The National Gallery is an art museum in Trafalgar Square in the City of Westminster, in Central London. Founded in 1824, it houses a collection of over 2,300 paintings dating from the mid-13th century to 1900. Read more …
The National Gallery, London Paintings
The National Gallery in London is the fourth-most visited art gallery in the world. The National Gallery London paintings number over 2,300, although it held only 38 when it opened in 1824. Located in Trafalgar Square, it is considered the property of the UK public, and the exhibition of its main collection is open free of charge to the public.
The gallery was opened after decades of attempts to match similar national galleries in continental Europe. Most of these galleries were opened in the last quarter of the 18th Century and were typically based around royal collections. The National Gallery in London was almost opened at the same time, but instead took several decades and a handful of attempts. Unlike similar national museums on the continent, the United Kingdom's gallery did not come from the royal collection.
Instead, the opening collection was purchased by the House of Commons. A war debt of 57,000 pounds, paid by Austria, was used to fund a purchase from the estate of banker John Julius Angerstein. The first collection of The National Gallery London paintings came from this collection and numbered 38.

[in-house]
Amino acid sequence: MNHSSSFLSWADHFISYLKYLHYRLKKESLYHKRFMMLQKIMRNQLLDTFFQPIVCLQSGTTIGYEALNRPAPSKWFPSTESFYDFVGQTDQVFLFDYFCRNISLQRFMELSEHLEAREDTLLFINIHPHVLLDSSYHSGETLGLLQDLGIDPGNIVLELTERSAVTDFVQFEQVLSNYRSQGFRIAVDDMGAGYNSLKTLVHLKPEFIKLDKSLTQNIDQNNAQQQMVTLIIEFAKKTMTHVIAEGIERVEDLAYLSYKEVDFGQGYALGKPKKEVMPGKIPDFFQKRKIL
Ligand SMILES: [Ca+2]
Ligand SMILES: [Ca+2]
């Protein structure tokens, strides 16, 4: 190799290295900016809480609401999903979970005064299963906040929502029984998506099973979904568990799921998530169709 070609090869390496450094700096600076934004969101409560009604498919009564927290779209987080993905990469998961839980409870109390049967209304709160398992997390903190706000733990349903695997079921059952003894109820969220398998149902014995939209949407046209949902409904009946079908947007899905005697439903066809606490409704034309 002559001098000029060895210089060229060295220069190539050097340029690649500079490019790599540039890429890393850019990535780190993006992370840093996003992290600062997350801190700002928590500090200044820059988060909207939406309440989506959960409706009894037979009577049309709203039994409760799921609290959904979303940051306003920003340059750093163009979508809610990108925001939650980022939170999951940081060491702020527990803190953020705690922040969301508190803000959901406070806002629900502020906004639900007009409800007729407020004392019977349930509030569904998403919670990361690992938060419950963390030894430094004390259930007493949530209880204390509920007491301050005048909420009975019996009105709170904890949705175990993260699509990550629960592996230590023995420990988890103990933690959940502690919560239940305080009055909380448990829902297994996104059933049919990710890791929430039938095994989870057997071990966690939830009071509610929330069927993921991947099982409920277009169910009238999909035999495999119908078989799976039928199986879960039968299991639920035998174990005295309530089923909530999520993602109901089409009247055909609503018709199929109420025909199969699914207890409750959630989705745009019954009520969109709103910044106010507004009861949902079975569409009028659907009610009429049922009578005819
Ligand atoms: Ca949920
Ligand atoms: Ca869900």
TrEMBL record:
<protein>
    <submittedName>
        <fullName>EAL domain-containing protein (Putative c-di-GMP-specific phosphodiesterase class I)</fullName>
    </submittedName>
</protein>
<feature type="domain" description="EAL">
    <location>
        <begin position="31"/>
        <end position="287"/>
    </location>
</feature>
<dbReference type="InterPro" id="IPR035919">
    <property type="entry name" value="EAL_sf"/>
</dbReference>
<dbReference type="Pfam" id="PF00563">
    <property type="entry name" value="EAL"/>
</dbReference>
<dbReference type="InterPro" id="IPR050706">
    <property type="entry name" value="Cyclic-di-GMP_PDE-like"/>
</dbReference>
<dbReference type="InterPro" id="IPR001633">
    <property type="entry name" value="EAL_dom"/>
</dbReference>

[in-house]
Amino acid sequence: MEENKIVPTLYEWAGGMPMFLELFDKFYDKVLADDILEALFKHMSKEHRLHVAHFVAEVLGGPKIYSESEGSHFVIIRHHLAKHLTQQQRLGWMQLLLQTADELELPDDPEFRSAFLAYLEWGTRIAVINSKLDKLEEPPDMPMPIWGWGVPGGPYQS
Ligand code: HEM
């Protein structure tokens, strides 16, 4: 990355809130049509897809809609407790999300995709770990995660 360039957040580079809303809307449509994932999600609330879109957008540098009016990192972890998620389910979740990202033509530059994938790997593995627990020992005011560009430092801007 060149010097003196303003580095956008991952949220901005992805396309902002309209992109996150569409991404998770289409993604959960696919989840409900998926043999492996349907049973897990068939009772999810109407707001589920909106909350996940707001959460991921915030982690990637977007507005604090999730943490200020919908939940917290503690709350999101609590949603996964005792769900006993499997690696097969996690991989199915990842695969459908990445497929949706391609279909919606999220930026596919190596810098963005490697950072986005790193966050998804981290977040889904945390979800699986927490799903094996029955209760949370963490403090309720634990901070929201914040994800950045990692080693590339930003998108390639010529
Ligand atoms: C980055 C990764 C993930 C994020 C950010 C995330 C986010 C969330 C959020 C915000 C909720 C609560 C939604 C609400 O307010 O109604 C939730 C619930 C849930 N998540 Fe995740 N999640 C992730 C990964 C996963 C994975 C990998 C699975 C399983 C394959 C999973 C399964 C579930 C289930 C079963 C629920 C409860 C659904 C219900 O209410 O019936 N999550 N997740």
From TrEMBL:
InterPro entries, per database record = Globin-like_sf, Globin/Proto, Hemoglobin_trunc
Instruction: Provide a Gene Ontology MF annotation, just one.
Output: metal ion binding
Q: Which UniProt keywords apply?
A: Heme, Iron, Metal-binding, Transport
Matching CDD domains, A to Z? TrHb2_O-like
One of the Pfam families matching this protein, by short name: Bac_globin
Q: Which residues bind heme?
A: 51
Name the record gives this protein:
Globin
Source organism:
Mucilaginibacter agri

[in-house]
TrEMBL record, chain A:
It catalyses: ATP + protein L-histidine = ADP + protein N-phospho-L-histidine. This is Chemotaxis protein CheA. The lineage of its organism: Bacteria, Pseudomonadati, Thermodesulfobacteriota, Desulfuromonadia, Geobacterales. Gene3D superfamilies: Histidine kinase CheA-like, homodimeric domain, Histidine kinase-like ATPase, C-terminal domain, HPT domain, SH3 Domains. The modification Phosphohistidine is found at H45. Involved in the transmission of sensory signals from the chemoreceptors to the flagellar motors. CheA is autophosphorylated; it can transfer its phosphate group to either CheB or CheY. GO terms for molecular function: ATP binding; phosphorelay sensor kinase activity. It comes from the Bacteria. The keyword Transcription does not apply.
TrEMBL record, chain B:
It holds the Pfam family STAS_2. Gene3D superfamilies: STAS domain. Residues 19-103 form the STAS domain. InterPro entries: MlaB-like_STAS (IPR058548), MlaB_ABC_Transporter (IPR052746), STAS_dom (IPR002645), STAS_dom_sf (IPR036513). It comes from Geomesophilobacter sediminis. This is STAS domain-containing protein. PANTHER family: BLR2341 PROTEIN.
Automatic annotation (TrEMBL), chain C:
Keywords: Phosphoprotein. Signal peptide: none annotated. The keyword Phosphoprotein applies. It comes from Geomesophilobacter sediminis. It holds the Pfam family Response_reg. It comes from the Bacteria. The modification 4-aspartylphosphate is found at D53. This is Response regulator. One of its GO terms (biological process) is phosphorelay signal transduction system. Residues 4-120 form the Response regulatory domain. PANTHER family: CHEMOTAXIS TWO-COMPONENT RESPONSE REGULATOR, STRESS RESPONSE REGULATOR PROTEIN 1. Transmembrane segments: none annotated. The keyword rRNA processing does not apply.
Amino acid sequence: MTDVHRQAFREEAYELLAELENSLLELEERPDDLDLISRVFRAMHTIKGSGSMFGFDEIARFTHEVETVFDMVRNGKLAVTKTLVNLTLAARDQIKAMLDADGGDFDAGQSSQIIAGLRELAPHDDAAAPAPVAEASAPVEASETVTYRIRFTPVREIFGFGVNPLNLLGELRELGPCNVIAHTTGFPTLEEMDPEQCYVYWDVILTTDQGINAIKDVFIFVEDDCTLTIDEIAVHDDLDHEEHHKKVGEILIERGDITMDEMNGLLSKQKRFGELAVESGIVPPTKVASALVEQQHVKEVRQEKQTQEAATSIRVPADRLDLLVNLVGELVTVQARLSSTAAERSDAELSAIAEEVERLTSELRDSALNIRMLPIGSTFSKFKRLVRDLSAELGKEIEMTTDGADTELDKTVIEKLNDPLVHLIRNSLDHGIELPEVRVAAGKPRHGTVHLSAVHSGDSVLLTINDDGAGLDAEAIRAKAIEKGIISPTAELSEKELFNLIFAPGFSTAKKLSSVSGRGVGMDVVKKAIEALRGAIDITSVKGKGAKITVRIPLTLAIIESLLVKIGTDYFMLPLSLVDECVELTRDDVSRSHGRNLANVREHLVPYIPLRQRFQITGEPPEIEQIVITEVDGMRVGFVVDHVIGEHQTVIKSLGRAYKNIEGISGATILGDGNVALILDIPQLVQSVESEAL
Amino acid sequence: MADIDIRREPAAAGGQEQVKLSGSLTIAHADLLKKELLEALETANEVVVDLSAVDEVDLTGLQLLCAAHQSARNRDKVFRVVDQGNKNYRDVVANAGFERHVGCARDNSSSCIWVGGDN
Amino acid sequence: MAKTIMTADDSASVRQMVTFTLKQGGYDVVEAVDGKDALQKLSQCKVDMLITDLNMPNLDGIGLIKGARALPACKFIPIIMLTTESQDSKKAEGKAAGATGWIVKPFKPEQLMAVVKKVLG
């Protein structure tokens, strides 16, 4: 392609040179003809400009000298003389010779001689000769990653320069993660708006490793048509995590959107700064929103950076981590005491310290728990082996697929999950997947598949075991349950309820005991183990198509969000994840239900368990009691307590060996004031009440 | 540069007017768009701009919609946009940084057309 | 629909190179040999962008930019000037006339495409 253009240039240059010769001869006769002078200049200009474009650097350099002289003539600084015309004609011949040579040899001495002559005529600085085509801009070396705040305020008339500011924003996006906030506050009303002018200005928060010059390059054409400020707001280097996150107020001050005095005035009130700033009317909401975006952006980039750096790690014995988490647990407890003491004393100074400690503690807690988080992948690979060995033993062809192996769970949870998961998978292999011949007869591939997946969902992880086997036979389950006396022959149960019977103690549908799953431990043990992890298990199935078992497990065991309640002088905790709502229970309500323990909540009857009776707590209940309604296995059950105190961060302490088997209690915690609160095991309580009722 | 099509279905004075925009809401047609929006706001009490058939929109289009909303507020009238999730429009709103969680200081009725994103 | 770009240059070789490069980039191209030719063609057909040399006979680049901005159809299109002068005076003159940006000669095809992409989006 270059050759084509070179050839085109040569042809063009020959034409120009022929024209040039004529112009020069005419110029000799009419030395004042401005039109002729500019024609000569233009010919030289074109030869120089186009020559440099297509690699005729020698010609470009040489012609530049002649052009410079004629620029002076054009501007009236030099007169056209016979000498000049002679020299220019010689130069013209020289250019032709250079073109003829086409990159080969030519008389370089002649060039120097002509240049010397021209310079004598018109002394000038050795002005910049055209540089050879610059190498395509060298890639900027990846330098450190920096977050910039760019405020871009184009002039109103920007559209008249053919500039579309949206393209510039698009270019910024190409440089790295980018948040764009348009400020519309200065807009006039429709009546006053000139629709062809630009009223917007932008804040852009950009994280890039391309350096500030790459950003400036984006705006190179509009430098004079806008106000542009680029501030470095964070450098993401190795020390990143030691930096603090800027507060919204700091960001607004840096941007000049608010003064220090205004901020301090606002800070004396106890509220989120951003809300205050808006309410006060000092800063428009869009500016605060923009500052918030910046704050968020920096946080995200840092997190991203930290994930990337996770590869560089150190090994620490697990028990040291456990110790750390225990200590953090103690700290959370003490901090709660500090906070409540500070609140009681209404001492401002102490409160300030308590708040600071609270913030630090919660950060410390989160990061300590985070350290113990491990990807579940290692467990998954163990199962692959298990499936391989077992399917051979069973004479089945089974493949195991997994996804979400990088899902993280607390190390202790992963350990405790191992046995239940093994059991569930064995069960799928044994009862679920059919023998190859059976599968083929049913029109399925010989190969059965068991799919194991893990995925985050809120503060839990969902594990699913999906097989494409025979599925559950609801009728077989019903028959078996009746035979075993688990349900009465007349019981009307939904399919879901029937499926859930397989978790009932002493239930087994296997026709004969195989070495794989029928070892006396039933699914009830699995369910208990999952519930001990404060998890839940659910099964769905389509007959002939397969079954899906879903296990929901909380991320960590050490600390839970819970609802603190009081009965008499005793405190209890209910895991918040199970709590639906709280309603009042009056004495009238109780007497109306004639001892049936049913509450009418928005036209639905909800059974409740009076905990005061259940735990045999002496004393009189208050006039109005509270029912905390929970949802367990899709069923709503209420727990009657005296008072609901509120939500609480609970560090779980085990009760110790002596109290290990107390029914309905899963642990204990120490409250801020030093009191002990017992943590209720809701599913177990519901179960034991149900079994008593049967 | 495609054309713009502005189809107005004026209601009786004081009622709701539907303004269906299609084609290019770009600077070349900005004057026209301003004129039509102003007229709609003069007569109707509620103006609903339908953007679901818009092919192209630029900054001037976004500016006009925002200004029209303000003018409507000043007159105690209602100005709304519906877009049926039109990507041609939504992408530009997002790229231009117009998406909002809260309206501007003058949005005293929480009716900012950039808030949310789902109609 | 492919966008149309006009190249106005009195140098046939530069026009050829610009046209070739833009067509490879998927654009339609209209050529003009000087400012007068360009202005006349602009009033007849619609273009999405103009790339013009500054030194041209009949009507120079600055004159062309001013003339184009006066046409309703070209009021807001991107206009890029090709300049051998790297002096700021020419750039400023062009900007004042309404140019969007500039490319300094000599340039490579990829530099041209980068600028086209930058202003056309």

Current National Gallery London Paintings on Display
The National Gallery in London houses over 2,300 oil paintings. These range in date of composition from the middle 1200s to the turn of the 20th Century. While the gallery does own paintings created after this date, they are not currently on exhibit, and for the most part, are on loan to other galleries.
What are you likely to see at the National Gallery? Paintings currently on display include Titian's Bacchus and Ariadne, Peter Paul Reuben's Samson and Delilah, and a self-portrait painted by Rembrandt when he was 34. The National Gallery London paintings also include works by Vermeer, Monet, Vincent van Gogh, Michelangelo, Raphael, Leonardo da Vinci, Botticelli, and George Stubbs.
The National Gallery in London doesn't only offer paintings, however. It also offers film screenings, free weekly concerts and other events, and something known as "Friday Lates." Friday Lates refer to the gallery's staying open until 9 o'clock at night. Events for Friday Lates vary, and often several events are coterminous during any given Friday. These events include guided tours, formal and informal talks, special concerts and exhibitions, and plenty of wine.
You don't have to attend any of these events to take advantage of Friday Lates at the National Gallery, though. You are also welcome to eat at the National Cafe or relax over a drink and good conversation at the Gallery Bar. You don't have to wine, dine, and chat to enjoy the Gallery, though. Families can take advantage of special family tours, holiday activities, story time, art workshops, and even a gallery of artwork by children who were inspired by what they saw at the Gallery! Audio tours and printed trails mean that you don't have to worry about keeping up with a tour group and can take your time with any works that intrigue you (or your children). So whether you're visiting as a family, a couple, or in your own good company, the National Gallery in London has an experience tailor-fit to suit your needs.